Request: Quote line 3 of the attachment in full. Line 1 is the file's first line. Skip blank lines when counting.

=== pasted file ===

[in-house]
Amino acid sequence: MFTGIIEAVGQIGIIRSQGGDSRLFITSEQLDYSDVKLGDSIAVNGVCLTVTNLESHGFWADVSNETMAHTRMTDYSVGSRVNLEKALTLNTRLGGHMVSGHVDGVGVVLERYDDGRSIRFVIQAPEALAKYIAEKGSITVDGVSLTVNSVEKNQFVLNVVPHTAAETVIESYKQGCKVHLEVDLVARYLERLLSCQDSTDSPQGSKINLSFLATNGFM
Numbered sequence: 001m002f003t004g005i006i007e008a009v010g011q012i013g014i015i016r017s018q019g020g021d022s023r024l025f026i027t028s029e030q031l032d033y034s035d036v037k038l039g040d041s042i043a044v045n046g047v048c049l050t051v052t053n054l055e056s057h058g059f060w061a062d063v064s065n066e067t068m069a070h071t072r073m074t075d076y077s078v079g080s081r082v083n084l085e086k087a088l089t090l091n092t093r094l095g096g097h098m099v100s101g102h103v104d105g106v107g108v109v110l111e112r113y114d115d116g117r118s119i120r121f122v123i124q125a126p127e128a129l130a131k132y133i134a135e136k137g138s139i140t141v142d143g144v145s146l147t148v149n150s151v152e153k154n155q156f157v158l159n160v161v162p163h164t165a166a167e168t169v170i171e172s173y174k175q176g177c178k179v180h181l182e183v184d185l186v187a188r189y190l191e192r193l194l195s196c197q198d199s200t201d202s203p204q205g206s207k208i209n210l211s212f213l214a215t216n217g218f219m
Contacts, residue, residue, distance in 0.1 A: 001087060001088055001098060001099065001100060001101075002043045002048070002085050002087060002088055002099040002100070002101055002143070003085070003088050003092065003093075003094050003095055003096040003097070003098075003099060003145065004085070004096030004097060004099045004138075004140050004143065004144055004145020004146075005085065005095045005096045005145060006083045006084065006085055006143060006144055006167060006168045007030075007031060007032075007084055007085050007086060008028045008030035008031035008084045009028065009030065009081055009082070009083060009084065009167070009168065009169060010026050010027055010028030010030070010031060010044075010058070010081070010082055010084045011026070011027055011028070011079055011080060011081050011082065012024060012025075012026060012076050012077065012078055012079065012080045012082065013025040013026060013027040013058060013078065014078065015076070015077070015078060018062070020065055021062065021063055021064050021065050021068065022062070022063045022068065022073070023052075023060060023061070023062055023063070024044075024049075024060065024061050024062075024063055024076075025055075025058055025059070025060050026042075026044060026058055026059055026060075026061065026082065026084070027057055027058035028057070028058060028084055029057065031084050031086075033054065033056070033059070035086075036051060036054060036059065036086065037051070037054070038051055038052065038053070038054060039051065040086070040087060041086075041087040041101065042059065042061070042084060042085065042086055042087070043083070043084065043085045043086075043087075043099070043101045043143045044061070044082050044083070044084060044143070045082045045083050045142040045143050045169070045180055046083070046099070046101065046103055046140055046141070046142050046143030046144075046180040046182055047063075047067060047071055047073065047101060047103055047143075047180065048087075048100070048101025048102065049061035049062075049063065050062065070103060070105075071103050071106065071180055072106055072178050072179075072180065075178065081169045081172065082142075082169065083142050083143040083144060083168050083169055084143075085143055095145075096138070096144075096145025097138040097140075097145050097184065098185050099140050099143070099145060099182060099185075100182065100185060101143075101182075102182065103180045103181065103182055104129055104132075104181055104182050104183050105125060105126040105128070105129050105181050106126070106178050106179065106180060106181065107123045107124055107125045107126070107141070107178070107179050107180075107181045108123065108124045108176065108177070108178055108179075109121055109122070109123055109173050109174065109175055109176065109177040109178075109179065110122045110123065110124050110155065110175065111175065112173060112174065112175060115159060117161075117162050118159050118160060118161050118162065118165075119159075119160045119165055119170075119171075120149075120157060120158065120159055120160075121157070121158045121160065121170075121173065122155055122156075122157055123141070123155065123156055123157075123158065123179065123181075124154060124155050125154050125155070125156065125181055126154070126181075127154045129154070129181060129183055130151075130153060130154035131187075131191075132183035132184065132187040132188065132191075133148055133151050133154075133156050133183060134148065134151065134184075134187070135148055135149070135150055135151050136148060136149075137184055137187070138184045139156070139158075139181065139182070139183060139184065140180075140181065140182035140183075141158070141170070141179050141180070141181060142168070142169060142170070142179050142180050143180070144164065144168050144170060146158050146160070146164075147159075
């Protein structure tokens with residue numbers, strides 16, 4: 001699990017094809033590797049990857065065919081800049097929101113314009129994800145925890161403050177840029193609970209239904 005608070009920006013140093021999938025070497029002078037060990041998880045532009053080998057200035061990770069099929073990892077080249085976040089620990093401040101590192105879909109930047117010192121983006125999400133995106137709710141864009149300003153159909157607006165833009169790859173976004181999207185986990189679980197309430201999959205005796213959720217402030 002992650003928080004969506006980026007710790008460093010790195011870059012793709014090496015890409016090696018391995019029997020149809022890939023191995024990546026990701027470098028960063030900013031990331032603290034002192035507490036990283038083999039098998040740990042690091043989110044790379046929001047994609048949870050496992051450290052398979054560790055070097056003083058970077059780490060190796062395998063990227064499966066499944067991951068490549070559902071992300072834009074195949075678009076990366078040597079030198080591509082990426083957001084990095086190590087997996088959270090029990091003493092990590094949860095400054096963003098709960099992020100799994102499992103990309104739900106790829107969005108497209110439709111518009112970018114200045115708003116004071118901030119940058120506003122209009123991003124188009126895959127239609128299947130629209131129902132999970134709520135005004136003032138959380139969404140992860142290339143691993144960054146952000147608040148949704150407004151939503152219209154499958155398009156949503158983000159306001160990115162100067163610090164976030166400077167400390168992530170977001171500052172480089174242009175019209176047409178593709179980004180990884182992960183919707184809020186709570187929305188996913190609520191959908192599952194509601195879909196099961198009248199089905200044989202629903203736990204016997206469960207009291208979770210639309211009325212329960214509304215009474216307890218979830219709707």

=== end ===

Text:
Numbered sequence: 001m002f003t004g005i006i007e008a009v010g011q012i013g014i015i016r017s018q019g020g021d022s023r024l025f026i027t028s029e030q031l032d033y034s035d036v037k038l039g040d041s042i043a044v045n046g047v048c049l050t051v052t053n054l055e056s057h058g059f060w061a062d063v064s065n066e067t068m069a070h071t072r073m074t075d076y077s078v079g080s081r082v083n084l085e086k087a088l089t090l091n092t093r094l095g096g097h098m099v100s101g102h103v104d105g106v107g108v109v110l111e112r113y114d115d116g117r118s119i120r121f122v123i124q125a126p127e128a129l130a131k132y133i134a135e136k137g138s139i140t141v142d143g144v145s146l147t148v149n150s151v152e153k154n155q156f157v158l159n160v161v162p163h164t165a166a167e168t169v170i171e172s173y174k175q176g177c178k179v180h181l182e183v184d185l186v187a188r189y190l191e192r193l194l195s196c197q198d199s200t201d202s203p204q205g206s207k208i209n210l211s212f213l214a215t216n217g218f219m